Religious leaders and followers have long grappled with paradoxical points of doctrine. Thursday’s announcement from The Church of Jesus Christ of Latter-day Saints relating to the baptisms and blessings of children of LGBT couples is no exception.
It may also serve as the latest example of how revelation can come, in part, through a process Joseph Smith said involves “proving contraries.”
“Proving” in this context no doubt requires deliberation, study, fasting and prayer. It requires searching for, and understanding, God’s will. The answer comes in the form of revelation.
In 2015, a policy change in the church, which owns this paper, delayed baptism and other spiritual rites for children of LGBT parents until the minors came of age. Among the stated purposes was to prevent conflicts between children and their same-gender parents over family practices in the home that appeared in contradiction to church doctrine. Nevertheless, the news produced a gamut of emotions: approval, confusion and, in many instances, pain.
We estimate Thursday’s announcement, which removed those restrictions, will be met with a similar array of feelings: elated acceptance, confusion and even some bitterness among those who internally suffered four years prior.
Those feelings are real and should not be discounted by anyone inside or outside the faith.
They should, on the other hand, be a springboard for greater compassion, awareness and genuine inquiry about balancing beliefs and experiences.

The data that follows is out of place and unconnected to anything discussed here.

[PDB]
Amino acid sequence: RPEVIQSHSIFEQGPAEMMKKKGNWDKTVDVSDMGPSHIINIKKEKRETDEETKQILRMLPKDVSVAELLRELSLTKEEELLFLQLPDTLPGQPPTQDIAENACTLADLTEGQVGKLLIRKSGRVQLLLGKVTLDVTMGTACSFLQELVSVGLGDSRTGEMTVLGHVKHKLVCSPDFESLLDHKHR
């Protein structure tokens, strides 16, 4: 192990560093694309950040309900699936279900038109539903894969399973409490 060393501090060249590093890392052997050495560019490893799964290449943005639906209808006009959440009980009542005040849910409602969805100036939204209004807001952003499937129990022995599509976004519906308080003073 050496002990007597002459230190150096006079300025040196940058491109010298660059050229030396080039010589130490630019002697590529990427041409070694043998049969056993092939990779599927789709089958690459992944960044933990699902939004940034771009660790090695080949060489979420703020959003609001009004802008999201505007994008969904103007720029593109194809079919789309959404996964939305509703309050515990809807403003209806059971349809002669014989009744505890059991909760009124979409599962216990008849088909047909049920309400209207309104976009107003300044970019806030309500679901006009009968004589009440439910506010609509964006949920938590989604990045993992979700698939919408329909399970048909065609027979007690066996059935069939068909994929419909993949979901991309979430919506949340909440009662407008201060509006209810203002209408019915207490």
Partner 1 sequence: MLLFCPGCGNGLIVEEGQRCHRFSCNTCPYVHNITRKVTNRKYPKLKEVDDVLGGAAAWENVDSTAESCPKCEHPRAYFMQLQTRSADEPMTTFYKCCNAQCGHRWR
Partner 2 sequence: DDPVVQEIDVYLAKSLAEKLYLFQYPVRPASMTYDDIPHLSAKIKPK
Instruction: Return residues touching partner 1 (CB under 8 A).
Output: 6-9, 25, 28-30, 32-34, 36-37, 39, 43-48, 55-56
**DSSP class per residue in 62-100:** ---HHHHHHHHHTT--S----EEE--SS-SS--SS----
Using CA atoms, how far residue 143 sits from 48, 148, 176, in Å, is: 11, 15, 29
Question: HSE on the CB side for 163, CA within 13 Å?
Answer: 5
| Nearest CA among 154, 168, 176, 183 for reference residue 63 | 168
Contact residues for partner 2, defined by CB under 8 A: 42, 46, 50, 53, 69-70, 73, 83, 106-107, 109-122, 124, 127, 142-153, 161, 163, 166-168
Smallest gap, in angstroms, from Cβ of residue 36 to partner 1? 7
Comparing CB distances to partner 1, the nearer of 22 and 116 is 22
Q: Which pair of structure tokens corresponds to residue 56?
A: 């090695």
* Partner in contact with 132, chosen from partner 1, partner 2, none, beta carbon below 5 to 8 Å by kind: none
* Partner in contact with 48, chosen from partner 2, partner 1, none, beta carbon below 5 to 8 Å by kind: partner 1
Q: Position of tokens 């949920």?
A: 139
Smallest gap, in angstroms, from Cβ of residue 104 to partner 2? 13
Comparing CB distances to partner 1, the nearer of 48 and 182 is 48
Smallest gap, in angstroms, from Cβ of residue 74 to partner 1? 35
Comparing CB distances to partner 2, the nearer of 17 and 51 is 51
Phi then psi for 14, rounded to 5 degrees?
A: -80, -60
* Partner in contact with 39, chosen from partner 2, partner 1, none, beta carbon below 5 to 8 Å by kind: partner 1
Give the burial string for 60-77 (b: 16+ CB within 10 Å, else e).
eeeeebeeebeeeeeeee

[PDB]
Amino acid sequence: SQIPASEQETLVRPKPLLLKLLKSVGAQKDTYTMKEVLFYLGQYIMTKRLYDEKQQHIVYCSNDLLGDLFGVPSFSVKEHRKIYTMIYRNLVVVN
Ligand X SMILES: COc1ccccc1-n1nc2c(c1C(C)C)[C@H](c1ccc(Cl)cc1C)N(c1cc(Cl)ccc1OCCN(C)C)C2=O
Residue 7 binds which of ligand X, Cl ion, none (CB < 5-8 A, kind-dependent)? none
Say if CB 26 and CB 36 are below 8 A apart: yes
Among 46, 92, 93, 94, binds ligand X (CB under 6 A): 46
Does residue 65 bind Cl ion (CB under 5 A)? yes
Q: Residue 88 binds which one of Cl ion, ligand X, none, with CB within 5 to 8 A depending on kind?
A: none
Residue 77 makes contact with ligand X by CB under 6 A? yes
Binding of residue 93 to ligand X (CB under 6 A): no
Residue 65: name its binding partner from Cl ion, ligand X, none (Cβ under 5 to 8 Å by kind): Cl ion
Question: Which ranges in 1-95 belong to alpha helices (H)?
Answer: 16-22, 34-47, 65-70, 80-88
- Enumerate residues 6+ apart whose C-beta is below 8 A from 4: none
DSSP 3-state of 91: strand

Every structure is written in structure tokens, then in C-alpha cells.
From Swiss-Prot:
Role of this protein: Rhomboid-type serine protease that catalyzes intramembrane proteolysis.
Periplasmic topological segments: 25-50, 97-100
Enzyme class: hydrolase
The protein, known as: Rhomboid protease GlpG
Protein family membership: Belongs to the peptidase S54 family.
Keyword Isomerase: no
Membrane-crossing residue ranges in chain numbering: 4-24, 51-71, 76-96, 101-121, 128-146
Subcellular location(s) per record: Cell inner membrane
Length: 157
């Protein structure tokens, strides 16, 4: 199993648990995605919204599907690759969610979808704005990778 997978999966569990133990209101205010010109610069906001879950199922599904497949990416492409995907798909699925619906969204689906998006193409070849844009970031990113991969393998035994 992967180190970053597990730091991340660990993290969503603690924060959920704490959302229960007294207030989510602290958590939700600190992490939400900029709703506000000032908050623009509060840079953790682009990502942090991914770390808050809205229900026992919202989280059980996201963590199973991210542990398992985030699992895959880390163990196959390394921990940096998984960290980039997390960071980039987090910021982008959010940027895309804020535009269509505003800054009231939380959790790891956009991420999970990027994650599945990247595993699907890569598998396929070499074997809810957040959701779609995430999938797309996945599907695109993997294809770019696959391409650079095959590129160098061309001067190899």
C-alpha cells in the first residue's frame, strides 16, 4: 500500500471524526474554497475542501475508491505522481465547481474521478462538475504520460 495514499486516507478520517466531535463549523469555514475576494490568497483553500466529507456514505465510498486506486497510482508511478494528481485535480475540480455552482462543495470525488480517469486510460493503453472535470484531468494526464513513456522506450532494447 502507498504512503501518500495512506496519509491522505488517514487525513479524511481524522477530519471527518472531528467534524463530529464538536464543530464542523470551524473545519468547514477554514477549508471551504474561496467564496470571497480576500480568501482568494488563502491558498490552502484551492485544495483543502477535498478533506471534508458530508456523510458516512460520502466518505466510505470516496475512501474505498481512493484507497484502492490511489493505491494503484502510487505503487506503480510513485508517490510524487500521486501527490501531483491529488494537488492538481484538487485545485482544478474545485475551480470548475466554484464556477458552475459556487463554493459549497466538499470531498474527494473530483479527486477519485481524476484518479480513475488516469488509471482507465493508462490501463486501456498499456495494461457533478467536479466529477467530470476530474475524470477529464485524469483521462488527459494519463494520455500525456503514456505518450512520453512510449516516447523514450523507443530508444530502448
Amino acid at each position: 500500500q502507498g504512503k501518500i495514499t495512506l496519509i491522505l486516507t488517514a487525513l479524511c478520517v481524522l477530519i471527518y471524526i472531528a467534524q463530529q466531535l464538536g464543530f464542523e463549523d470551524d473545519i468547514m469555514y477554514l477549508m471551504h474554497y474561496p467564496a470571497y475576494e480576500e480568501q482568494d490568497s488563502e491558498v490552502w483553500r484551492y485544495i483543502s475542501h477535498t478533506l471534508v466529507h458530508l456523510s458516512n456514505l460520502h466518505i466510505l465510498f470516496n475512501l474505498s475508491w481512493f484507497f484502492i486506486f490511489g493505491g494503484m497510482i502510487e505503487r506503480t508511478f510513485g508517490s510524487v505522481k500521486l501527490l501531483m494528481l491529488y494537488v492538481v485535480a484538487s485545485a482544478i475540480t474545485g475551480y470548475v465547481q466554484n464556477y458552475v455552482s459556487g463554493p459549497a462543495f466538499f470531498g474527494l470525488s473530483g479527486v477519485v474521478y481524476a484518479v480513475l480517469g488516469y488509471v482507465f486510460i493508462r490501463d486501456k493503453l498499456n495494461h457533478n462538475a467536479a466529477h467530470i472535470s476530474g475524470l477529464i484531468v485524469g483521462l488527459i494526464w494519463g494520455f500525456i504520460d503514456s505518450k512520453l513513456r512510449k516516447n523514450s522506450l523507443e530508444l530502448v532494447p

Last year, in a devotional address at Brigham Young University-Idaho, President Dallin H. Oaks, a member of the First Presidency of the Church of Jesus Christ, delivered a talk entitled, “The Paradox of Love and Law.”
He observed that the “gospel of Jesus Christ contains many apparent paradoxes.” He pointed to Christ’s dual charge to “love our neighbors” and to keep God’s commandments.
“If ye love me,” Christ teaches, “keep my commandments.”
God’s love and God’s law can present an apparent paradox. But, again, as Joseph said, it’s “by proving contraries” that “truth is made manifest.”
In some respects, this process may not be entirely dissimilar to the arduous work of democracy. Proving the paradox of individual liberty and communal responsibility, for example, describes some of America’s most important political moments.
Citizens, meanwhile, can’t help but confront the eagle clutching both arrows of war and the olive branch of peace on the back of every dollar bill. There are, of course, those who call for fixed national policies of exclusively war or exclusively peace; others, on the other hand, seek a nation guided by either libertarian freedom or forced communalism.
But the hard work — and, indeed, the revelation — comes in the negotiation and navigation of competing principles.67 comments on this story
Without changing its doctrine on marriage or the family, the Church of Jesus Christ is aiming to “reduce the hate and contention so common today.” The new policy reflects that goal.
As President Oaks taught: “to balance our commitments to love and law we must continually show love even as we continually honor and keep the commandments. We must strive to preserve precious relationships and at the same time not compromise our responsibilities to be obedient to and supportive of gospel law.”